What is Sinat Chinam?

"Hatred" by Ben Slow, photographed by MsSaraKelly

Sinat chinam (see-NAHT hee-NAHM) is  usually translated “baseless hatred.” It has also been translated as “useless hatred.” We practice sinat chinom when we hate another person or group of persons without having a good reason.

The sages teach us that the Second Temple was destroyed on account of sinat chinom. Jews quarreled fiercely and allowed those quarrels to escalate to mistreatment of one another. They forgot to look for the image of God in one another.

Hatred can be subtle. We hate when we can no longer see the other person as having the spark of the Divine within them, as human as ourselves. We tend to say, “I don’t hate anyone” because we know it is an ugly thing, but the proof of hate is not in our perceived emotions but in our behavior. Do we speak ill of a group of people we do not actually know? Do we deny others basic courtesy or rights? Do we ignore them, failing to give them the courtesy of our attention? Do we fail to speak up when others mistreat them?

Racism is a form of sinat chinom. Antisemitism is another. Political and religious disagreement can escalate into sinat chinom if we allow it.

As we begin the solemn day of remembrance of Tisha B’Av, let us search our hearts for sinat chinom, and cleanse ourselves of it with acts of love and compassion for those from whom we differ. Then perhaps we can begin to build a better world, healed and whole.

(Image: “Hatred” by Ben Slow, photographed by MsSaraKelly, used under a Creative Commons license.)

What is Tzom Tammuz?

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I am watching the sun sink towards the horizon ending the day of Tzom Tammuz, the Fast of Tammuz, so this post will reach most of my readers too late for the actual day this year.

The 17th of Tammuz is a “minor” fast day in the Jewish year. It commemorates the breach of the walls of Jerusalem by the Roman army, shortly before the destruction of the Second Temple. It begins a three week period of increasingly deep mourning in Jewish life, running from Tzom Tammuz until Tisha B’Av, the day on which we remember the destruction.

A minor fast is one that is kept only from sunrise to sunset. It applies only to eating and drinking, unlike the major fasts of Tisha B’Av and Yom Kippur, on which we refrain not only from eating and drinking, but also from washing and anointing our bodies, wearing leather, and having sex. Major fasts last 25 hours, from sunset one day until three stars appear in the sky on the next.

Tzom Tammuz is the beginning of a three week period of mourning that leads up to Tisha B’Av, when we remember the Destruction of the Temple. I’m going to write a good bit more about that in coming days, but for now, just now that we have entered a time of mourning in Jewish life.

These minor fasts mark significant events in our life as a people. When you thinking about milestones in your own personal history, are there days you remember because they led up to major events? Do you do anything to mark them?

Sacrifices for Shabbat?

I was delighted to see that sjewindy at A Humanistic Jew in Indianapolis left a pingback this morning to my post, Why Can’t Jews Get Married on Shabbat? entitled Jewish? Want a Saturday Wedding? Find a Humanistic Jew. He’s right about that; a humanistic Jew is one of the alternatives if you want a Saturday wedding.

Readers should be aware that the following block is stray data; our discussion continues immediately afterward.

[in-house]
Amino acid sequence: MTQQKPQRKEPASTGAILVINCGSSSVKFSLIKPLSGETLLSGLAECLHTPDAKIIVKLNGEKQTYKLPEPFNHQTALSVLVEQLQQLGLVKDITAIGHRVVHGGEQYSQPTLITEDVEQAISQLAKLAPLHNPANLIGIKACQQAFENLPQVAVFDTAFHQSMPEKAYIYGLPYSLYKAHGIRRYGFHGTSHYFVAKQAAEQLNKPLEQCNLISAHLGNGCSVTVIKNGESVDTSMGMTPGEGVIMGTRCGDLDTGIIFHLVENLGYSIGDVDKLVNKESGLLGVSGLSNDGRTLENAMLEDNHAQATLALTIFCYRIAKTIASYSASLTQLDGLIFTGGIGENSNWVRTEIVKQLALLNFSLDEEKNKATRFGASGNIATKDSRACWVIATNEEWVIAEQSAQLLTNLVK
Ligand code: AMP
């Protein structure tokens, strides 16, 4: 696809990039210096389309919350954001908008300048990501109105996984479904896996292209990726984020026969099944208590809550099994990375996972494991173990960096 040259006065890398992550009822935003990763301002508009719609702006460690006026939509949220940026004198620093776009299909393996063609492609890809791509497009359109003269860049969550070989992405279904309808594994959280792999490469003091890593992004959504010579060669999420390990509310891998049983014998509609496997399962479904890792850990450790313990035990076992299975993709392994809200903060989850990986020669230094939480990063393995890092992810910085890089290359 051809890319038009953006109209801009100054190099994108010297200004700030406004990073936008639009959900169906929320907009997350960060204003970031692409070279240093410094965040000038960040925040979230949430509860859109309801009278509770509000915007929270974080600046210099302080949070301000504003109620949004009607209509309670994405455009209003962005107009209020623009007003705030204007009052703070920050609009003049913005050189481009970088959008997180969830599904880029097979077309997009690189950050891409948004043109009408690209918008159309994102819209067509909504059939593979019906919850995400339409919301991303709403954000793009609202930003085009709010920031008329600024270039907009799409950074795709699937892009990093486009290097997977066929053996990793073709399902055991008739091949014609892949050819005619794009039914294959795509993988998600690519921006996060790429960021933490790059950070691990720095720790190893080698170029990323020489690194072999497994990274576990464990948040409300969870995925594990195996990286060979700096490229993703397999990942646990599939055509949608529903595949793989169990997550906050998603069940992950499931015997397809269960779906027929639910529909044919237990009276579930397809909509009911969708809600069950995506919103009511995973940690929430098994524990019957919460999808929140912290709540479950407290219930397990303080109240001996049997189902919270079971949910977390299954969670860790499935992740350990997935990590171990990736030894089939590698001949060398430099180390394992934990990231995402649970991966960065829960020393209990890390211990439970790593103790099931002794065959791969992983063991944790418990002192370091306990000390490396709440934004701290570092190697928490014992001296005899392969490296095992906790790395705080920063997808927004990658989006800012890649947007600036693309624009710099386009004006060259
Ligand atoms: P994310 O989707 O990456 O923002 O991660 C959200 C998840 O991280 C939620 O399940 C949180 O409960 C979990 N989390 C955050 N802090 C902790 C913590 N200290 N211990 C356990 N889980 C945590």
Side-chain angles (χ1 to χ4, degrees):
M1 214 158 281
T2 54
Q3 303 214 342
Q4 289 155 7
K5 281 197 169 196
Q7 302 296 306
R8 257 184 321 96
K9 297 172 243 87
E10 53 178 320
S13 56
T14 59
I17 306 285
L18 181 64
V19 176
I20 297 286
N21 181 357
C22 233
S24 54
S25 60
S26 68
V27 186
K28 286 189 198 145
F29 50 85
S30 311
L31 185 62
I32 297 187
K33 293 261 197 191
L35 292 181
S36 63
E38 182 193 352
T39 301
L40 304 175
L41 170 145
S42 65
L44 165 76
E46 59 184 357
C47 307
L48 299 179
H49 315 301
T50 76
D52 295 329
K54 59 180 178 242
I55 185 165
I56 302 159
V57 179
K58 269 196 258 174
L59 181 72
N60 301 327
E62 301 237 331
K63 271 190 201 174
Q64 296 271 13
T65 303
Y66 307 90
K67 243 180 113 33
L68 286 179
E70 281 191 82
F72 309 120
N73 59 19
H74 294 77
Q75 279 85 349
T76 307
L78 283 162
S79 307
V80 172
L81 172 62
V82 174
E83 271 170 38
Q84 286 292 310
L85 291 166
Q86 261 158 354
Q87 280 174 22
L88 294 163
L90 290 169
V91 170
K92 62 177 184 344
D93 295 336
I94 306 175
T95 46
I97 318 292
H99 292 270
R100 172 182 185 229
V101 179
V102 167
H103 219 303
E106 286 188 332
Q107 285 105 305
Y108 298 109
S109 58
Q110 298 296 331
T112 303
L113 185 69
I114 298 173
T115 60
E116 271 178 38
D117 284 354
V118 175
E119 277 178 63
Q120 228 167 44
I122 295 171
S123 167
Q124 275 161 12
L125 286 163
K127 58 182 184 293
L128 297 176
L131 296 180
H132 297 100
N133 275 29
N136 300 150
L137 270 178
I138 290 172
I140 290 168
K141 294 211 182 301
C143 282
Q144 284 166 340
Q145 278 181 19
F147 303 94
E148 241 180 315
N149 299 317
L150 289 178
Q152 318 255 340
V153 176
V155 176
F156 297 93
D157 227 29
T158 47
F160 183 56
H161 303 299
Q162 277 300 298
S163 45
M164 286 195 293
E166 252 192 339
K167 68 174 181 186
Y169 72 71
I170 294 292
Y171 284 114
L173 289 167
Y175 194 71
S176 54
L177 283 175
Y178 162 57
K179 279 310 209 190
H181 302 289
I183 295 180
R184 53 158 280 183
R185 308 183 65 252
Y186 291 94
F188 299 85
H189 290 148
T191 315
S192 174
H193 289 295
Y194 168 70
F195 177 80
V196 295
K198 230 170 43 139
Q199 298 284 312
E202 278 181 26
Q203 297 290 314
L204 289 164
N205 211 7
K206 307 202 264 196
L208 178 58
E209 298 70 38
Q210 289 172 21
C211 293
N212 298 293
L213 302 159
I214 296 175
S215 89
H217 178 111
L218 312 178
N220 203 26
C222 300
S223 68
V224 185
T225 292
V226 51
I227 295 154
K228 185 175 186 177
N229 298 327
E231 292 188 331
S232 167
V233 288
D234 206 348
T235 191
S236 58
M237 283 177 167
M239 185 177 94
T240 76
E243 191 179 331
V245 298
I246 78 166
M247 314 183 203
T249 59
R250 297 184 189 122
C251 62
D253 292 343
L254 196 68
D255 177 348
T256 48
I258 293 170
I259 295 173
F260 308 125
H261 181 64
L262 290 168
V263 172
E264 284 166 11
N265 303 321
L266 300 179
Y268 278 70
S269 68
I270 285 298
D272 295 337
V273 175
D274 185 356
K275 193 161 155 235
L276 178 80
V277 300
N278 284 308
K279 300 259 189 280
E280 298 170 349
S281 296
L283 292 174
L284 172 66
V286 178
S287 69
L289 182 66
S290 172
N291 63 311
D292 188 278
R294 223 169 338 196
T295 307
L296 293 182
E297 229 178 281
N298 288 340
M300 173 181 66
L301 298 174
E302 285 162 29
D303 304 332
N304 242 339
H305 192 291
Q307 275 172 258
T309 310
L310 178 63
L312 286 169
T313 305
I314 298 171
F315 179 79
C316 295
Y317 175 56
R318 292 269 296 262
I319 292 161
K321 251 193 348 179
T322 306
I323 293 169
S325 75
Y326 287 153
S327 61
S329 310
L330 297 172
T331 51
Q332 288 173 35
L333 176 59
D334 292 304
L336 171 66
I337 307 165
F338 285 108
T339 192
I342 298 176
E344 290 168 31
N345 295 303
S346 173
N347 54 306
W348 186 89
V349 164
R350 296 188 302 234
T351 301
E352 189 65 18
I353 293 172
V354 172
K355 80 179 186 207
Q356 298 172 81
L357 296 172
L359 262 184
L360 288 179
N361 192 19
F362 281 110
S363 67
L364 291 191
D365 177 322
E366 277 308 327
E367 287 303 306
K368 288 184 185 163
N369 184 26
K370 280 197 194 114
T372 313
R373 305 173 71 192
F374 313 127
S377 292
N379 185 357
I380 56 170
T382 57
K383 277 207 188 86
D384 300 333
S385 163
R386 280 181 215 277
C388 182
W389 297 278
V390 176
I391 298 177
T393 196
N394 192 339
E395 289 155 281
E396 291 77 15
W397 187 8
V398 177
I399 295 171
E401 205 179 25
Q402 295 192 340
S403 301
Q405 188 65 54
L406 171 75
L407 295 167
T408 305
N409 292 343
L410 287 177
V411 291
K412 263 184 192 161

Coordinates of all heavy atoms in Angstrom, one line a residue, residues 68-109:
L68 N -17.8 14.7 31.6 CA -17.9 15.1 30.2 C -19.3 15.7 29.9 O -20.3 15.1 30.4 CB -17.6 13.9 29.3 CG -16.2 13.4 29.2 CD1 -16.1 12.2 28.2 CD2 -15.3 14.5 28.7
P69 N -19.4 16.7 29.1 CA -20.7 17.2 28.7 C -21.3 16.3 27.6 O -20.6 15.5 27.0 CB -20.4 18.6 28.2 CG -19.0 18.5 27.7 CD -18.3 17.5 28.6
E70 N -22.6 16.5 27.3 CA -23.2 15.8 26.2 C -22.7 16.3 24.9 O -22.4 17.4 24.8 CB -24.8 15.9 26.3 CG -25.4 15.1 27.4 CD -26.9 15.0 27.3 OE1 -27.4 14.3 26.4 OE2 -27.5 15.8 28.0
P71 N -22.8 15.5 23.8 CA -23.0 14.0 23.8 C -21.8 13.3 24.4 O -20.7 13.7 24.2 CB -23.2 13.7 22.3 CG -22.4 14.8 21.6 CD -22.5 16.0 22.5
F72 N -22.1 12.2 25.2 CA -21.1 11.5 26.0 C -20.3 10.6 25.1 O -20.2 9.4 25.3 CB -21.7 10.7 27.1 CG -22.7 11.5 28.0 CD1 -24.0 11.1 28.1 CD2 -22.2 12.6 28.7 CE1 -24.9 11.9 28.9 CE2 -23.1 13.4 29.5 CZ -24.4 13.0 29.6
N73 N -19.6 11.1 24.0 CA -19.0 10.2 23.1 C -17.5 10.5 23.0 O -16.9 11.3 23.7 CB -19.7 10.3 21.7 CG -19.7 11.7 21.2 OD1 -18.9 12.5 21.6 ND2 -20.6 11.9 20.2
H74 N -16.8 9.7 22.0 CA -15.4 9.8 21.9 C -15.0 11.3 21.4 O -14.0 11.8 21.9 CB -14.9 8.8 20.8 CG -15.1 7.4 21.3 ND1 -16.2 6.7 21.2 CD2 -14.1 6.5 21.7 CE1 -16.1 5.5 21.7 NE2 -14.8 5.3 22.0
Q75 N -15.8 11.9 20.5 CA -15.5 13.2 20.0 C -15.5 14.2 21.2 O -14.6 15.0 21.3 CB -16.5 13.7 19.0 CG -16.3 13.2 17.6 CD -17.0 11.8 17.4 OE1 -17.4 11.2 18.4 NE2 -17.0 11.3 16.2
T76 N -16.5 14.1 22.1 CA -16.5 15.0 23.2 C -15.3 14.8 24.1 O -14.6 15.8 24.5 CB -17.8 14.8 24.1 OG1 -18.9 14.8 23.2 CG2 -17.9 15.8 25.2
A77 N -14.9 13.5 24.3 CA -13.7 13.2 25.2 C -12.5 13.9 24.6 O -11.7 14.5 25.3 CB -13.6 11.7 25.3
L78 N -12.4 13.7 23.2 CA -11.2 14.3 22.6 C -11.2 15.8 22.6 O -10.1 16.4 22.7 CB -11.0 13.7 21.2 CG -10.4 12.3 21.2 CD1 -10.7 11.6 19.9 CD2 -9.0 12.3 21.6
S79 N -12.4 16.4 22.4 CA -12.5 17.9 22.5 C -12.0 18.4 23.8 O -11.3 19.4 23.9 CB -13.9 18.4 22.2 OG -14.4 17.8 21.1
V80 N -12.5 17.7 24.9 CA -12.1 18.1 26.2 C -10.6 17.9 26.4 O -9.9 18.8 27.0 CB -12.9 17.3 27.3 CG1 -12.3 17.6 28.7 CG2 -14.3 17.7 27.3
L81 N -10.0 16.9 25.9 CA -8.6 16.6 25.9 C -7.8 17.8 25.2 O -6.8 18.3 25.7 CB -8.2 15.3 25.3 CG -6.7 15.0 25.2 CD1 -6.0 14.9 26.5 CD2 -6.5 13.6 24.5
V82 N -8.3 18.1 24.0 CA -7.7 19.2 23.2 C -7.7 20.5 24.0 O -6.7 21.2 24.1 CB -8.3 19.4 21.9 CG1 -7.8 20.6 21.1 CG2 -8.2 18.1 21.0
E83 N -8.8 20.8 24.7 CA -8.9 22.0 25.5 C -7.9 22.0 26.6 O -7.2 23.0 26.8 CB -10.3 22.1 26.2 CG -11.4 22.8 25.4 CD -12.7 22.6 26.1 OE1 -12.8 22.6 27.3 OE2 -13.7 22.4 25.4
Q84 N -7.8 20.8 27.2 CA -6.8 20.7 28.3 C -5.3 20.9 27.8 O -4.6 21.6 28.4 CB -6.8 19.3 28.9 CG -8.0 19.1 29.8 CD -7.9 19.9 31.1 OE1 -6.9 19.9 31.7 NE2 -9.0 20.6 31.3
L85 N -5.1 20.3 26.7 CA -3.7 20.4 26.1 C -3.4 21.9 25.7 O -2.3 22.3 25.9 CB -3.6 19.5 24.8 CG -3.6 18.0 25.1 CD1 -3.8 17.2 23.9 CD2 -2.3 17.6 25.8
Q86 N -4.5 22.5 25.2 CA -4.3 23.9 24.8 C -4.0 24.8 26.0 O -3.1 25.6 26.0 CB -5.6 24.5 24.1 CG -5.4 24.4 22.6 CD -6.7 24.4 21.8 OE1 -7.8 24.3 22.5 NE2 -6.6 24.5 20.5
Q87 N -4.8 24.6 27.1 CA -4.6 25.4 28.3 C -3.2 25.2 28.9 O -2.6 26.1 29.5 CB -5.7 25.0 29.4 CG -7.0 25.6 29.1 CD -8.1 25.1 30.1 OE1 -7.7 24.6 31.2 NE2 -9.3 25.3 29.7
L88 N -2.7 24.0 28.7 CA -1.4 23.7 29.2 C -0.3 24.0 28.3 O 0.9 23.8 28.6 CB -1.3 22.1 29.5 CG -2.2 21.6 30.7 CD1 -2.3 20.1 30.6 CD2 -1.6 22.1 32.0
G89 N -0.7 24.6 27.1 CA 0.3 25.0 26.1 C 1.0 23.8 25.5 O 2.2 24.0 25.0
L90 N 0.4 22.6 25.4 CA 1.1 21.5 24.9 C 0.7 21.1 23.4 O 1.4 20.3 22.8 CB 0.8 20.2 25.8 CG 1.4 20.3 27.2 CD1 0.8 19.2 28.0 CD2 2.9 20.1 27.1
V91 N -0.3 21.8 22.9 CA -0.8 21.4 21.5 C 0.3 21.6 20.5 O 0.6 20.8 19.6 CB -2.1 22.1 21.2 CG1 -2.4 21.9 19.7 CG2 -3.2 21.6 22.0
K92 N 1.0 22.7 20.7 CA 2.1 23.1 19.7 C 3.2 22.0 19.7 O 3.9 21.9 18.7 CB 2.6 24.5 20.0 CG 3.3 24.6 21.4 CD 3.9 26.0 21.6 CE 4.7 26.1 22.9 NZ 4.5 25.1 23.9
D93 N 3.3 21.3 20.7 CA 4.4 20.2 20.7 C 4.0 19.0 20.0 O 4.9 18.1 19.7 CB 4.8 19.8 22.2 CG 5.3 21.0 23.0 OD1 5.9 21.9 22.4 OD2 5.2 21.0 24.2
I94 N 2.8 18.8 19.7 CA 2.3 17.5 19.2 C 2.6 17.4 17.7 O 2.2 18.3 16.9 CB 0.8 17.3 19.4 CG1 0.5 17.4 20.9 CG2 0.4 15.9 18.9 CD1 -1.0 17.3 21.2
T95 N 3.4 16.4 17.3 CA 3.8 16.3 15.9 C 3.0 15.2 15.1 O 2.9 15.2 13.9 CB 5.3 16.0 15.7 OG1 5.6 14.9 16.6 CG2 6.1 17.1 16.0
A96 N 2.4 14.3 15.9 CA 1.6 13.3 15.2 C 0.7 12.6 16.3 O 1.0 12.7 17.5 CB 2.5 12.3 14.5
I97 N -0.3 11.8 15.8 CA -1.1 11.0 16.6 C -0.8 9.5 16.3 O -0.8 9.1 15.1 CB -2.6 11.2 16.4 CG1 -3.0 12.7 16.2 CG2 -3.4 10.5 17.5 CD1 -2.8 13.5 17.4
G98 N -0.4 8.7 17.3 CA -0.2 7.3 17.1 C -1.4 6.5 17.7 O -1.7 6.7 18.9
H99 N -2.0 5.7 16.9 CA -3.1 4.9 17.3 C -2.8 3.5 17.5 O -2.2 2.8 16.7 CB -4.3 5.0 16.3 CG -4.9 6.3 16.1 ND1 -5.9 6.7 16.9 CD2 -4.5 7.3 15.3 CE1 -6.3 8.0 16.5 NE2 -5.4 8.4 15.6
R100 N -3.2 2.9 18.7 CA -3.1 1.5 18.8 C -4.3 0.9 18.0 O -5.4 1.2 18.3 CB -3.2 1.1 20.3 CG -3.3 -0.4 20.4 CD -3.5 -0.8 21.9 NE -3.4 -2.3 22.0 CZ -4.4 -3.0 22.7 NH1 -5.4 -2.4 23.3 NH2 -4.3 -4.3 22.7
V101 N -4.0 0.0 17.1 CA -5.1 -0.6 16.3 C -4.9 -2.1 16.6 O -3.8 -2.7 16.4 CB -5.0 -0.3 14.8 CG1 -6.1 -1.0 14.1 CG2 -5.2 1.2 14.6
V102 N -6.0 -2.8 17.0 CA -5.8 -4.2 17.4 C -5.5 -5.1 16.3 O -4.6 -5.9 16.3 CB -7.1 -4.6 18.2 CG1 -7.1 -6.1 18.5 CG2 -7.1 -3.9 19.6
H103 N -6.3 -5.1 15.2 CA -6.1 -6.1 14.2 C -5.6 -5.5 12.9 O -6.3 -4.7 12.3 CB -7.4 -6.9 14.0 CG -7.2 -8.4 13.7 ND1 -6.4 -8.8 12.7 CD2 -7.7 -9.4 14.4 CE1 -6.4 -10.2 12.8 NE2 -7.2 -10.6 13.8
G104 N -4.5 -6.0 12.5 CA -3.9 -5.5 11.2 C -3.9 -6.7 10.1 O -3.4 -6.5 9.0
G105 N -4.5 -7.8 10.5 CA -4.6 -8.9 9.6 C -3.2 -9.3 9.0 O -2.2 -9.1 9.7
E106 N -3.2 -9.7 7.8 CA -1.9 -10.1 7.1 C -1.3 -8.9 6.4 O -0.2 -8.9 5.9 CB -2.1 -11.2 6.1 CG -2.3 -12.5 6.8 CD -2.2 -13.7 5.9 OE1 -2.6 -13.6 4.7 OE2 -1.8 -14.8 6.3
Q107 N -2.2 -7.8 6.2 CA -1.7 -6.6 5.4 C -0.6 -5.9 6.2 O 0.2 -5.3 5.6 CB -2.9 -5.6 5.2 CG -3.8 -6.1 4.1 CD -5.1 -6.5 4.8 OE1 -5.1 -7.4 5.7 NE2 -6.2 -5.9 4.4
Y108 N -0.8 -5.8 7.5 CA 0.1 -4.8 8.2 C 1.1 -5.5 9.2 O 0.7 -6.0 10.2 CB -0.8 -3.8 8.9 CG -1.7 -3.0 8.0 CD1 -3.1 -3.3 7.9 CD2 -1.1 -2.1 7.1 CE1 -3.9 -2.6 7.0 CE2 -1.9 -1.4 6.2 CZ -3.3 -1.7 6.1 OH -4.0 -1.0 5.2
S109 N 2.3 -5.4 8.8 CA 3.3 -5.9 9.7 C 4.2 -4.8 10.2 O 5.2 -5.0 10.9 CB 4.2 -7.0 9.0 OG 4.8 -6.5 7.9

However, I have an issue with something in his summary of my post, and I think it merits a post of its own. He wrote, “traditionally this [foregoing weddings on Shabbat] is a sacrifice Jews have made.” [emphasis mine]

Jews went out of the sacrifice business in 70 CE, when the Romans pulled down Herod’s Temple and burnt the broken fragments. As a Reform Jew, I am not praying for or looking forward to a restoration of that edifice, although there are folks in other movements of Judaism who are. (There’s another post for another day.)

Things I don’t do on Shabbat are not sacrifices in any sense of the word. For example, I don’t do my shopping on Shabbat. That is my practice because the day is a break from acquisition. I’m not sacrificing shopping in the way a Catholic sacrifices eating chocolate for Lent. I’m taking a break from shopping because it’s a distraction from Torah and relationships with people, and those are the focus of my sabbath.

I draw my boundaries around Shabbat differently than a halakhic Jew (a Jew who regards the contents of the medieval codes as a binding set of rules given by God and handed down through the generations.) For me, Shabbat is a day to refrain from creation and acquisition, a day profoundly different from the other six, a taste of the world as it should be. It is absolutely not a day for sacrifice in the sense of “going without.”

One of the most famous descriptions of Shabbat is in Abraham Joshua Heschel’s The Sabbath. He describes Shabbat as “a cathedral in time.” It is time set aside for openness to the numinous, when we put away anything that might get in the way of that activity. While Heschel himself was a halakhic Jew who kept Shabbat in the classic fashion, keeping Shabbat in the 21st century means different things to different Jews.

Sjewindy and I are largely in agreement. There are lots and lots of different ways to be Jewish. But sacrifices? Not since 70 CE, and never on Shabbat!

Where Do You Sacrifice the Animals?

This model of 1st c. Jerusalem, complete with Temple (in the foreground) stands at the Israel Museum in Jerusalem.
This model of 1st c. Jerusalem, complete with Temple (in the foreground) stands at the Israel Museum in Jerusalem.

“Rabbi, can we see where you sacrifice the animals?”